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A New Assessment Method to Easily Identify Areas Needing Improvement in Course-level Learning Outcomes

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2012 ASEE Annual Conference & Exposition


San Antonio, Texas

Publication Date

June 10, 2012

Start Date

June 10, 2012

End Date

June 13, 2012



Conference Session

New Classrooms, New Challenges II: Assessing Non-traditional Approaches

Tagged Division

Chemical Engineering

Page Count


Page Numbers

25.78.1 - 25.78.26

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Paper Authors


Thomas Allen Knotts IV Brigham Young University

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Thomas Knotts became a faculty member in the Department of Chemical Engineering at Brigham Young University in 2006 after receiving his Ph.D. from the University of Wisconsin, Madison. He teaches a variety of courses, including thermodynamics, computer tools, unit operations lab, and molecular modeling. He enjoys teaching and discovering ways to improve student learning through problem-based and inductive learning strategies. With his research group, Knotts seeks to understand the physics of proteins and DNA at the molecular level with particular emphasis on the behavior of these molecules in “non-native” environments such as those often found in biotechnology. His research efforts have earned him the NSF CAREER Award and the Young Faculty Award from the Defense Advanced Research Projects Agency (DARPA). As part of his research efforts, Knotts creates outreach programs to help teachers improve K-12 STEM education.

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W. Vincent Wilding Brigham Young University


William G. Pitt Brigham Young University

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William G. Pitt received a Ph.D. in chemical engineering in 1987 from the University of Wisconsin, Madison. He obtained a faculty position at Brigham Young University in the Chemical Engineering Department, where he has served since 1987. He is currently the Pope Professor of chemical engineering at BYU, and is an Adjunct Research Professor in the Bioengineering Department of the University of Utah. During his 24 years at BYU, his teaching has been in the areas of materials, polymers, and transport phenomena. His research has spanned many disciplines, ranging from biomedical material surfaces and composite materials to his current work in controlled drug and gene delivery. With colleagues and students at BYU and other institutions, he has more than 110 peer-reviewed journal publications.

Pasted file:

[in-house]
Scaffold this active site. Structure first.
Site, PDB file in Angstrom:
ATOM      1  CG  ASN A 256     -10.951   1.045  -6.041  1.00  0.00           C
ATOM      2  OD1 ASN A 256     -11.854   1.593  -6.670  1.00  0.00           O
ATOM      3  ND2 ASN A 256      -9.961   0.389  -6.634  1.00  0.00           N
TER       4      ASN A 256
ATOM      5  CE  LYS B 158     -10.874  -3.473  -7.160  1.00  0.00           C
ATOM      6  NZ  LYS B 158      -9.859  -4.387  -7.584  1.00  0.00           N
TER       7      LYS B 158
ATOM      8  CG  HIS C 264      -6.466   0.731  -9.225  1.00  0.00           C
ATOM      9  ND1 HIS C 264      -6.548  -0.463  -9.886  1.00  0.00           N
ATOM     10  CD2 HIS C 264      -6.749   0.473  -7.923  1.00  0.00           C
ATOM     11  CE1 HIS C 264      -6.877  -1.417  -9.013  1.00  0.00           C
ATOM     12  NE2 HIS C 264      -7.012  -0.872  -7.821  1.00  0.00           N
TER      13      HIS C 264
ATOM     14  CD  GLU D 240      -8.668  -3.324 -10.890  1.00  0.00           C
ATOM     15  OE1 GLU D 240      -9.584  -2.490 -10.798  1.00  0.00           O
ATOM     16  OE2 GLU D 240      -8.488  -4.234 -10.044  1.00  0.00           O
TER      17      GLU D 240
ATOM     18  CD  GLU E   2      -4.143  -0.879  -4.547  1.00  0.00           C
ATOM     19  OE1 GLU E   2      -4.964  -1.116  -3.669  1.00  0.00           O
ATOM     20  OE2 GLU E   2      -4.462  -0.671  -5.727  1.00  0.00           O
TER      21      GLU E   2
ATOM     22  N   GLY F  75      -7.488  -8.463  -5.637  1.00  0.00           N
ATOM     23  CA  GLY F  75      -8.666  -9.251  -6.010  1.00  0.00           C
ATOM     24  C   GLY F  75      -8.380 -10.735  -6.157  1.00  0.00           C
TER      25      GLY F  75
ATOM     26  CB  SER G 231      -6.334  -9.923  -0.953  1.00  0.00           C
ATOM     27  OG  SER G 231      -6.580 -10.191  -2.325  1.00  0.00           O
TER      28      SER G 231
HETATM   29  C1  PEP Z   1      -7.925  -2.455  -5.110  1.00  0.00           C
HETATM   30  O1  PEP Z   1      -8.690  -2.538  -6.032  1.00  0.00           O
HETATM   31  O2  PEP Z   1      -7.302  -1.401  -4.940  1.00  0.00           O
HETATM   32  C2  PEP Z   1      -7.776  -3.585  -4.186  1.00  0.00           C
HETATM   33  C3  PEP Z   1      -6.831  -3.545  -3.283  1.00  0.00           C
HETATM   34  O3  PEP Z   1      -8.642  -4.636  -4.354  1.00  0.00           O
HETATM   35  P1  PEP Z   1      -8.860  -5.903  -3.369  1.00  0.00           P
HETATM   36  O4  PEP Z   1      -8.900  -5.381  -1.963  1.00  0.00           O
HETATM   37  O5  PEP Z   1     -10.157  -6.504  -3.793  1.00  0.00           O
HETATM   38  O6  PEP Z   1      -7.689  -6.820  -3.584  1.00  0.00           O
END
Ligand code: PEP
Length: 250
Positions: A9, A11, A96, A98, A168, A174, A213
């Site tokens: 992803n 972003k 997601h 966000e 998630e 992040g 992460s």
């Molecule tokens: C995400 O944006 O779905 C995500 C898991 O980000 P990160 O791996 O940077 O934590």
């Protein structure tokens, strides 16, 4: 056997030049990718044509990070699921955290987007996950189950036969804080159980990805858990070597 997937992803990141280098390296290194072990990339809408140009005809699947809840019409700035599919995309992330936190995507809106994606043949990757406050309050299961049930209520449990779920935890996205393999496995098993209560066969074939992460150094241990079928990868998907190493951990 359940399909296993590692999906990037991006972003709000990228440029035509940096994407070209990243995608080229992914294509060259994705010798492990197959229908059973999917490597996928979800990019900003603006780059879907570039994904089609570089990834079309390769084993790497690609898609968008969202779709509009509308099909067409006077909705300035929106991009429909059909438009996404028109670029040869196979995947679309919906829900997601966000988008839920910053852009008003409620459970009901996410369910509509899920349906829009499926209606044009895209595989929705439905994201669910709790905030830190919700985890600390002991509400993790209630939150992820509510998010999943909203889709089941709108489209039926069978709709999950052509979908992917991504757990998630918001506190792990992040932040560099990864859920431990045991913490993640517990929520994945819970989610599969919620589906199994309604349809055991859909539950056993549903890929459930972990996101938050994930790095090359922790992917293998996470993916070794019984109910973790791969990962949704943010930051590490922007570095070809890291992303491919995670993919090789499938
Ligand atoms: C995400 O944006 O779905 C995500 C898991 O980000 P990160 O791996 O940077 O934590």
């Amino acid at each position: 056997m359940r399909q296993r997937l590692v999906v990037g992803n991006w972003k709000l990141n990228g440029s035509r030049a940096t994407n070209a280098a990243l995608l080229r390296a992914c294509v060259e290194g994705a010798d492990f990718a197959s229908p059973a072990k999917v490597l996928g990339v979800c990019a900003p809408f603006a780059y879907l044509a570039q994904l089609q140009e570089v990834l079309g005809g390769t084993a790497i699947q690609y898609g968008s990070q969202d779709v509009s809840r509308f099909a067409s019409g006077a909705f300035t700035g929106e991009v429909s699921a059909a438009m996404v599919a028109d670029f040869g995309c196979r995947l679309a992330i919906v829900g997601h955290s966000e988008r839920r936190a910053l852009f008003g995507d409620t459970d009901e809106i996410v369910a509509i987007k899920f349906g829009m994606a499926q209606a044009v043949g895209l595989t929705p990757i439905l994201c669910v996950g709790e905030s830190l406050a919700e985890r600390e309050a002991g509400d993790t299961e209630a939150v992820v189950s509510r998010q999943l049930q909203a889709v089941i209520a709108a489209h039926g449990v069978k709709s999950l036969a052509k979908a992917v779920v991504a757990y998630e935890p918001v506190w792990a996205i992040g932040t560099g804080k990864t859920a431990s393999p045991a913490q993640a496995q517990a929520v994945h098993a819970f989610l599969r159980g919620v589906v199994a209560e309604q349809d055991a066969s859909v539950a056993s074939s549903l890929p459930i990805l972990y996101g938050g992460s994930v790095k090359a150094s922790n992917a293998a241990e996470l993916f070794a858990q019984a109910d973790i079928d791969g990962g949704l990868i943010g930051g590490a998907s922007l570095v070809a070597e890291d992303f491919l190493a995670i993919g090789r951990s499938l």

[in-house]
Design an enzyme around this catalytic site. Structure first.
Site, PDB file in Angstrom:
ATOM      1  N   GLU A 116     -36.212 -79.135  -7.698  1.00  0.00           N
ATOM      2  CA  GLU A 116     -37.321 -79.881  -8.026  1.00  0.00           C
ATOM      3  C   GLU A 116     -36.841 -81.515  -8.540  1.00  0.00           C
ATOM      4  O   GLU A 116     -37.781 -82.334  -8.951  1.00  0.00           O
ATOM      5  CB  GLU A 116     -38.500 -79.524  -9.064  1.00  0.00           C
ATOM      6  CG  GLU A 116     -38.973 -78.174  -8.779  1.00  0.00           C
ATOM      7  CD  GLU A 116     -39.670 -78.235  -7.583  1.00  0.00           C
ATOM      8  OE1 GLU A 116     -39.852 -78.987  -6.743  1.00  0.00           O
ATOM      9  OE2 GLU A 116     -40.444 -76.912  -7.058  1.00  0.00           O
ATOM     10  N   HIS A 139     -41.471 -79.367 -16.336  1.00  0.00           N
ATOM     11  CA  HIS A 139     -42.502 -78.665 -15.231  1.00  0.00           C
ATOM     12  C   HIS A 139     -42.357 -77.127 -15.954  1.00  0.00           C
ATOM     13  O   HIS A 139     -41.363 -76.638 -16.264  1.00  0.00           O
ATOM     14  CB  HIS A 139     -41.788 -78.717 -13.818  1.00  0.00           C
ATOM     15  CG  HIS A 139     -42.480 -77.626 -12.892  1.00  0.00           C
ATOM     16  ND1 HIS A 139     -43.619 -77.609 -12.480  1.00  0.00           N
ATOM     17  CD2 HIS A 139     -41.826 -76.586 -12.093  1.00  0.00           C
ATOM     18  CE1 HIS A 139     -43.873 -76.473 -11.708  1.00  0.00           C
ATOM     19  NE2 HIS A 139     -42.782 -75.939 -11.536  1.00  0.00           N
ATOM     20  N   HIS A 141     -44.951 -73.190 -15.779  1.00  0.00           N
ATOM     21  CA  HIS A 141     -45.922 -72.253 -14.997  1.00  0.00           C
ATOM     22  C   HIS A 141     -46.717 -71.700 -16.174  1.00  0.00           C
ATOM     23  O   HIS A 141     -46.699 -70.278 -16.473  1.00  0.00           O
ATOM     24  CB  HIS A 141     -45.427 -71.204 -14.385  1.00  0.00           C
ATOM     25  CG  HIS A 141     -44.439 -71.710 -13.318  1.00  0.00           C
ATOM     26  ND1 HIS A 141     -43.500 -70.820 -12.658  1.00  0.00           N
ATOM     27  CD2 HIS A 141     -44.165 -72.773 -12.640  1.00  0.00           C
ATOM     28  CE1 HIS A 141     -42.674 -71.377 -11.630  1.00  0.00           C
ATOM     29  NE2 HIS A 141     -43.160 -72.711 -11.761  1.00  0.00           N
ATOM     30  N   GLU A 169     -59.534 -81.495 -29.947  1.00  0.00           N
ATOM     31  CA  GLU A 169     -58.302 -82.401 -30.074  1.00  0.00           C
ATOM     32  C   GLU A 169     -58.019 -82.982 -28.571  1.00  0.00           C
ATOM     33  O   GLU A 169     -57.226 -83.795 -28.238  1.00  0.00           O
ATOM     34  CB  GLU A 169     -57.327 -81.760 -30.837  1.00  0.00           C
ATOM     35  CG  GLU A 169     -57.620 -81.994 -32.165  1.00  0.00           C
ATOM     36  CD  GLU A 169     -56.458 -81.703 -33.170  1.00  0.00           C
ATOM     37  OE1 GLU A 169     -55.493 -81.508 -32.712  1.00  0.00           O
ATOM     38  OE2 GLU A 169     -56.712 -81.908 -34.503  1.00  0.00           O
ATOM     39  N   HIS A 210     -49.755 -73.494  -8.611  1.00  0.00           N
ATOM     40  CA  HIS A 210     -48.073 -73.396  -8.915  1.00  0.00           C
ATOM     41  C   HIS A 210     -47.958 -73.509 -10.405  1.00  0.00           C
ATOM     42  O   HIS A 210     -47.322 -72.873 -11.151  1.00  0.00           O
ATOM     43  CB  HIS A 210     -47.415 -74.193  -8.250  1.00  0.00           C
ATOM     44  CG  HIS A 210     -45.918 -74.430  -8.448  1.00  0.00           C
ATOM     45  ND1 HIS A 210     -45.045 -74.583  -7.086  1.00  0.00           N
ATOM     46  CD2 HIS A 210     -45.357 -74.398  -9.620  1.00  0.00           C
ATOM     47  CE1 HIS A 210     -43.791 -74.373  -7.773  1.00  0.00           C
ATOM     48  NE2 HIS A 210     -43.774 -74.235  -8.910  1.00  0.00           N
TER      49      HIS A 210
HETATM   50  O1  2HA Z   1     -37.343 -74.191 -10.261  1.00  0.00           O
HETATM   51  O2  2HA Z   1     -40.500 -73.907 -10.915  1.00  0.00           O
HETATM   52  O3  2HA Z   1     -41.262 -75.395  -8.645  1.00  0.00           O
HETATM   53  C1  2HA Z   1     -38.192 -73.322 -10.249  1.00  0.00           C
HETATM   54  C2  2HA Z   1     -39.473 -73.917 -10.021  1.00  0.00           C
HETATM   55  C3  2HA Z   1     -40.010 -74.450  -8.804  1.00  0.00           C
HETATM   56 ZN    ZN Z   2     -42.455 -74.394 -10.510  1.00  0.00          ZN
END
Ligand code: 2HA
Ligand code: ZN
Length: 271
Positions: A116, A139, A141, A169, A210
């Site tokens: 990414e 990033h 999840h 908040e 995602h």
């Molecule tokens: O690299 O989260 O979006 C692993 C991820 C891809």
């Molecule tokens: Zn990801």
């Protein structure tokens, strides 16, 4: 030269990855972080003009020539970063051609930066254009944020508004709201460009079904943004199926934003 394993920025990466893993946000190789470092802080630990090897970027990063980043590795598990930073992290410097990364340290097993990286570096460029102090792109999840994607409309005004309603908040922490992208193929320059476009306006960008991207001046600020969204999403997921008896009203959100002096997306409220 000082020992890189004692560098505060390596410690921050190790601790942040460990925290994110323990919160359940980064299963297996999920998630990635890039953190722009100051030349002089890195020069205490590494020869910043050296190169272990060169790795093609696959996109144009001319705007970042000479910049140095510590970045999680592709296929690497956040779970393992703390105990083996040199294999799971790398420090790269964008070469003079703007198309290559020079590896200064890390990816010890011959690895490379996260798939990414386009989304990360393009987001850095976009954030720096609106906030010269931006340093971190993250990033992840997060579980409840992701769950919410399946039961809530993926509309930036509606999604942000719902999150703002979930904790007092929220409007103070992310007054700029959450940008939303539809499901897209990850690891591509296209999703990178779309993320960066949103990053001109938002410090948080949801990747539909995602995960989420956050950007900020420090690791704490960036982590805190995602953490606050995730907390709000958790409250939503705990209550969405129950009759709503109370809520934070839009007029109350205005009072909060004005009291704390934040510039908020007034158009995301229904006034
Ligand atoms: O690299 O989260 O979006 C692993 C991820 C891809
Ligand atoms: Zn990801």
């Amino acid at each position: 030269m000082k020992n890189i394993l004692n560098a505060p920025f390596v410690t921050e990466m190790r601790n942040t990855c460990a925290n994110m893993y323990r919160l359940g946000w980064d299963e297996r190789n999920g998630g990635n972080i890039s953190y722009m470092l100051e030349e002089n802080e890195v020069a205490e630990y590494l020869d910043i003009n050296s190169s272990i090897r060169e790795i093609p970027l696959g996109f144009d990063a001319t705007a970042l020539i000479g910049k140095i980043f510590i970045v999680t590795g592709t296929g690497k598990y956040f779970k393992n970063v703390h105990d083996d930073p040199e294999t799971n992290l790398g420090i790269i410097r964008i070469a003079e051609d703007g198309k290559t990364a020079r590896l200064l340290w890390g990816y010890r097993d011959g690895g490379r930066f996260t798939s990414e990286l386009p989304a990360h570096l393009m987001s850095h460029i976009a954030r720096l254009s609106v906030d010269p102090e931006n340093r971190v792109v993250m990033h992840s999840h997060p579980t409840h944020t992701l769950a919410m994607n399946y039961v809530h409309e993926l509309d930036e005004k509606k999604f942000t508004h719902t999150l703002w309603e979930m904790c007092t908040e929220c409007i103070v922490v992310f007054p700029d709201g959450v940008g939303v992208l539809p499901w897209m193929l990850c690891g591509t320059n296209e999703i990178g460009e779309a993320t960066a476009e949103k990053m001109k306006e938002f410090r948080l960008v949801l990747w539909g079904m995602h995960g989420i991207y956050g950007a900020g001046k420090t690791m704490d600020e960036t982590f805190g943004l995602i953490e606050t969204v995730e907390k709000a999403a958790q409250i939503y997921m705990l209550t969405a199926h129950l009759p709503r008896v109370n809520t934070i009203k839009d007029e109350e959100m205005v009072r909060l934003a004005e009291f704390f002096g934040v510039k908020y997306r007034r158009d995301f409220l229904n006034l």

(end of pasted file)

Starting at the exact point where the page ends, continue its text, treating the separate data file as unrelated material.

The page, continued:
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Morris D. Argyle Brigham Young University Orcid 16x16

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ANewAssessmentMethodtoEasilyIdentifyAreasNeedingImprovementinCourse‐levelLearningOutcomesThomas A. Knotts IV, W. Vincent Wilding, William G. Pitt, and Morris D. Argyle Department of Chemical Engineering, Brigham Young University  Assessment of student proficiency in expected outcomes, whether on the course or program level, is an important aspect of curriculum development in engineering programs.   The reasons for such assessment range from desires to improve student learning to fulfilling requirements of various accreditation bodies.  But regardless of the reasons, the challenge is to develop suitable metrics which can clearly identify areas which need improvement. In order to assess student learning, the Department of Chemical Engineering at Brigham Young University has outlined multiple objectives (termed competencies) for each course in the curriculum.  Each competency is designed to correspond to a specific program outcome such that assessment of mastery of the course competencies demonstrates achievement of the Program Outcomes. For several years, mastery of the competencies has been measured by direct methods by the faculty and indirectly using surveys by both faculty and students.  The student surveys required each pupil to assess his or her mastery of each competency on a scale of 1‐5.  Though this approach has provided a numerical evaluation of the abilities of each class as a whole, and has ensured minimum standards are kept, it has proven difficult to glean opportunities for specific improvement from these data, and changes to the curriculum have been largely prompted by the faculty surveys.   In an effort to improve the student surveys, changes were recently made to the assessment methods for two courses: Chemical Engineering Thermodynamics and Plant Design.  The numerical rating was removed and replaced with a simple yes/no question asking if the student felt proficient in each competency.  In addition, the students were asked to select two of the competencies which were given “no” and explain the reason for the weakness.   These simple adjustments greatly increased the effectiveness of the student surveys with no additional overhead cost.  The data readily identify competencies which are problematic for students and (more importantly) the reasons for the struggles.  This facilitates making of precise plans to improve student learning the next time the course is taught.  This paper will explain this new assessment process in detail.  To illustrate the value of the new procedures, the results of the new method will be compared with those of the traditional method (numerical 1‐5 scale).  Emphasis will be placed on showing how the new method not only provides better data, but does so in a time‐efficient manner and makes “closing‐the‐loop” easy.  Taken as a whole, the process is such an advancement over the previous method that it instills a sense of excitement for the assessment process that is not usually present in discussions on the topic. 

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